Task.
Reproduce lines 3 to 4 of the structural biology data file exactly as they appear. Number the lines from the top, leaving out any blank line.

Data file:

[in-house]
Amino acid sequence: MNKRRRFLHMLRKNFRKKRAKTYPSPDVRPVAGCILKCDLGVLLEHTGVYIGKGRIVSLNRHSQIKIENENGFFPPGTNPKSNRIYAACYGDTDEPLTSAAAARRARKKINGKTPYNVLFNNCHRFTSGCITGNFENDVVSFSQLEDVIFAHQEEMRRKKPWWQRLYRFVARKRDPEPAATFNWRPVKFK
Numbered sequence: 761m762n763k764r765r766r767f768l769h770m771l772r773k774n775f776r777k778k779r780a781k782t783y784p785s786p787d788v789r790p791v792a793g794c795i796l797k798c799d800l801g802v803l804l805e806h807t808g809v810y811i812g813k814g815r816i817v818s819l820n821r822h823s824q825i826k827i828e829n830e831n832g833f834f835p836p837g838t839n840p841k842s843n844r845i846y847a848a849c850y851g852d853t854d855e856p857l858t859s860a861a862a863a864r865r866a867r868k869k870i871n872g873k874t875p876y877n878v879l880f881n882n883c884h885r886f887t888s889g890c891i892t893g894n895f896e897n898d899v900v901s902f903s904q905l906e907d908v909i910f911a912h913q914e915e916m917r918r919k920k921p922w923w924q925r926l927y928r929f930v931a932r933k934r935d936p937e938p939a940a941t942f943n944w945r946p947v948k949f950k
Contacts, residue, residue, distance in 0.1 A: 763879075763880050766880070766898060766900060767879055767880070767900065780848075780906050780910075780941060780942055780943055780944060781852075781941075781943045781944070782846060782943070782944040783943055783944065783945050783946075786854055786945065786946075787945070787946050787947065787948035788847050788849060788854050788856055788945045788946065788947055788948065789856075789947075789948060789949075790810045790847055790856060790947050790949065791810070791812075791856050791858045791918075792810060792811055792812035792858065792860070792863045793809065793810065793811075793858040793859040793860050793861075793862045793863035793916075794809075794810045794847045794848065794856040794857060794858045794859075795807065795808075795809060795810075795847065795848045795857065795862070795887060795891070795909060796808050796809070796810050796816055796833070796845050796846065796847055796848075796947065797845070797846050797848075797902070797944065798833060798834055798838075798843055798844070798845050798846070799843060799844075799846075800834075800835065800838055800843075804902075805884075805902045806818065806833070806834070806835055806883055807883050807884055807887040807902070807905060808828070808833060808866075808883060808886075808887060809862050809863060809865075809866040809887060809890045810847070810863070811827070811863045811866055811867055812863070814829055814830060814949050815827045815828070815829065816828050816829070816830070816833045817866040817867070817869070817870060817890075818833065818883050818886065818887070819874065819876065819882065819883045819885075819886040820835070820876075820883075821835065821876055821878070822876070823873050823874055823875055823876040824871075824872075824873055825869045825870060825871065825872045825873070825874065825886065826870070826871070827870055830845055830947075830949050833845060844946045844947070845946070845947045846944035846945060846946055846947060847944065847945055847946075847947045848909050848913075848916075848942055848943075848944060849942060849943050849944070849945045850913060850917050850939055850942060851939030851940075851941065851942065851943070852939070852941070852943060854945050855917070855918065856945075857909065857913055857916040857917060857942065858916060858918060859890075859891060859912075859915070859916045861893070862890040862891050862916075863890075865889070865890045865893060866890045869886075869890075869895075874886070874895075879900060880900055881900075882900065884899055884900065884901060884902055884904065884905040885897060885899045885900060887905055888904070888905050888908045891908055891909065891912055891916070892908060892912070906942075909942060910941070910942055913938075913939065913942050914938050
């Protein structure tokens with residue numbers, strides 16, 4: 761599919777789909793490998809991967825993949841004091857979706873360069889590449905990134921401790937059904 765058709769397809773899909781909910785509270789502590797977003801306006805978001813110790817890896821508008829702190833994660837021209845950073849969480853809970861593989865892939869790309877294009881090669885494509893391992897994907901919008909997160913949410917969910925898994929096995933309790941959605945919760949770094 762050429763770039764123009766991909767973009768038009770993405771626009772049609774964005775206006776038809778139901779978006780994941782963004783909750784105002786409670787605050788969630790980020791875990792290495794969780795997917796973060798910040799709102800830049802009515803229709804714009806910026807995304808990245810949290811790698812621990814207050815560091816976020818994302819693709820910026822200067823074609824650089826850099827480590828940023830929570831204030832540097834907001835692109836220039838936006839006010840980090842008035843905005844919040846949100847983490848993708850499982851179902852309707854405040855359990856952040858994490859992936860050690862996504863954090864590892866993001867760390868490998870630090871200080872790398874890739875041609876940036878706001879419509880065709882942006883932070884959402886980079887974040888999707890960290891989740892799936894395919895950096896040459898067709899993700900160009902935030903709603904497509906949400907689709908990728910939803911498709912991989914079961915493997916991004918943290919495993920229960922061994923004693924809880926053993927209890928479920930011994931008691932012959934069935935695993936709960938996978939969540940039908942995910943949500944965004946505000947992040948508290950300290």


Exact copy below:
Numbered sequence: 761m762n763k764r765r766r767f768l769h770m771l772r773k774n775f776r777k778k779r780a781k782t783y784p785s786p787d788v789r790p791v792a793g794c795i796l797k798c799d800l801g802v803l804l805e806h807t808g809v810y811i812g813k814g815r816i817v818s819l820n821r822h823s824q825i826k827i828e829n830e831n832g833f834f835p836p837g838t839n840p841k842s843n844r845i846y847a848a849c850y851g852d853t854d855e856p857l858t859s860a861a862a863a864r865r866a867r868k869k870i871n872g873k874t875p876y877n878v879l880f881n882n883c884h885r886f887t888s889g890c891i892t893g894n895f896e897n898d899v900v901s902f903s904q905l906e907d908v909i910f911a912h913q914e915e916m917r918r919k920k921p922w923w924q925r926l927y928r929f930v931a932r933k934r935d936p937e938p939a940a941t942f943n944w945r946p947v948k949f950k
Contacts, residue, residue, distance in 0.1 A: 763879075763880050766880070766898060766900060767879055767880070767900065780848075780906050780910075780941060780942055780943055780944060781852075781941075781943045781944070782846060782943070782944040783943055783944065783945050783946075786854055786945065786946075787945070787946050787947065787948035788847050788849060788854050788856055788945045788946065788947055788948065789856075789947075789948060789949075790810045790847055790856060790947050790949065791810070791812075791856050791858045791918075792810060792811055792812035792858065792860070792863045793809065793810065793811075793858040793859040793860050793861075793862045793863035793916075794809075794810045794847045794848065794856040794857060794858045794859075795807065795808075795809060795810075795847065795848045795857065795862070795887060795891070795909060796808050796809070796810050796816055796833070796845050796846065796847055796848075796947065797845070797846050797848075797902070797944065798833060798834055798838075798843055798844070798845050798846070799843060799844075799846075800834075800835065800838055800843075804902075805884075805902045806818065806833070806834070806835055806883055807883050807884055807887040807902070807905060808828070808833060808866075808883060808886075808887060809862050809863060809865075809866040809887060809890045810847070810863070811827070811863045811866055811867055812863070814829055814830060814949050815827045815828070815829065816828050816829070816830070816833045817866040817867070817869070817870060817890075818833065818883050818886065818887070819874065819876065819882065819883045819885075819886040820835070820876075820883075821835065821876055821878070822876070823873050823874055823875055823876040824871075824872075824873055825869045825870060825871065825872045825873070825874065825886065826870070826871070827870055830845055830947075830949050833845060844946045844947070845946070845947045846944035846945060846946055846947060847944065847945055847946075847947045848909050848913075848916075848942055848943075848944060849942060849943050849944070849945045850913060850917050850939055850942060851939030851940075851941065851942065851943070852939070852941070852943060854945050855917070855918065856945075857909065857913055857916040857917060857942065858916060858918060859890075859891060859912075859915070859916045861893070862890040862891050862916075863890075865889070865890045865893060866890045869886075869890075869895075874886070874895075879900060880900055881900075882900065884899055884900065884901060884902055884904065884905040885897060885899045885900060887905055888904070888905050888908045891908055891909065891912055891916070892908060892912070906942075909942060910941070910942055913938075913939065913942050914938050